During the early summer, I decided to begin a conversation group to explore the meaning of aging. Lots of people responded to my announcement and, before I knew it, two groups of ten had signed up to meet for ten sessions, one consisting of individuals, the other of couples. My aim as facilitator was in good measure selfish. I wanted to learn how people were thinking about the concerns that have absorbed me for the last several years. This Wednesday, we had our first meetings.
Almost everyone was in their seventies, with a few outliers in their late fifties and early eighties. They entered my living room eagerly, with few signs of the jitters that generally accompany the beginning of groups where people are asked to share private and often unresolved feelings. The quality of respectful and deep listening was extraordinary, frequently balanced by moments of humor that helped to maintain a protective early distance from some of the deeper feelings. We got right down to business.
The discussions ranged broadly between people’s hopes and anxieties, between practical and idealistic goals, between observations and resolutions. I was struck, in particular, by each person’s wish—or need—to resolve certain core and competing desires. It seems to me that the way that we explore and resolve these competitions will shape the way we live the rest of our lives. Here are three of those pairs.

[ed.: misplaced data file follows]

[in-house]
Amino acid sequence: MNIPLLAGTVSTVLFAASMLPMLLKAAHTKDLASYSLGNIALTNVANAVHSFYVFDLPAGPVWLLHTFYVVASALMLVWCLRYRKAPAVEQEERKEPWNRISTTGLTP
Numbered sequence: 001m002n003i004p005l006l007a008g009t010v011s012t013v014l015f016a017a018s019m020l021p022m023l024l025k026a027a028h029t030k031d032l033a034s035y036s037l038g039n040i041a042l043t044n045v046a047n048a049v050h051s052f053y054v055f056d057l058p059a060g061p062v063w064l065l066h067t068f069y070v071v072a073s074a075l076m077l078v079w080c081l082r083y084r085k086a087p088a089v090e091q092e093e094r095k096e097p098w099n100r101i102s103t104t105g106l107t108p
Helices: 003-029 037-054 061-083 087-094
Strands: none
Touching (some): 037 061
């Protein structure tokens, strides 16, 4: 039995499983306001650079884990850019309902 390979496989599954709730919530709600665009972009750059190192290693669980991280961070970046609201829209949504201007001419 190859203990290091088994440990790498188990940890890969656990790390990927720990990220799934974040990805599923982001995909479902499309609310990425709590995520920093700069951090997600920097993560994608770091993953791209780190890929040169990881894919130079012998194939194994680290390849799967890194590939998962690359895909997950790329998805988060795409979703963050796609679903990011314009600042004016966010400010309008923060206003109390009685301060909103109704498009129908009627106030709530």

Vulnerability versus the strength to explore. Virtually every group member commented on his or her increasing vulnerability, mostly due to physical decline and, at the same time, the desire not to be dominated by it. At a certain age, almost everyone has something: arthritis, diabetes, heart disease, cancer, knees, hips, and shoulders to be replaced; memory loss. There are endless bad jokes that we share about spending so much time at doctors’ offices that we had to retire in order to attend them. Almost as bad as the illnesses, themselves, is the creeping sense of fragility. “I shouldn’t do this or that,” for example, “because I might injure myself.” At the same time, there is a fierce desire that group participants expressed to try new activities, to travel, to build, to paint, to push themselves—to explore new ground.
Where, we ask, is the best balance between realistic self appraisal and the adventure that has become possible with the free time that retirement affords? How can we accept the limitations that are real without yielding prematurely to resignation (and sometimes despair) at the losses exacted by our vulnerability?
Being alone and loving the silence versus the desire for activity and company. As one participant put it, “I’m a doer, always on the go. All my life I’ve been busy, busy, busy. Now that I have time, I sometimes savor the quiet that I find in doing nothing; I am comforted by the solitude I had always feared.” And yet, when sitting quietly, she gets antsy pretty quickly, aware of things she “needs to do”—or inventing things that would save her from the loneliness or “indulgence” of sitting alone.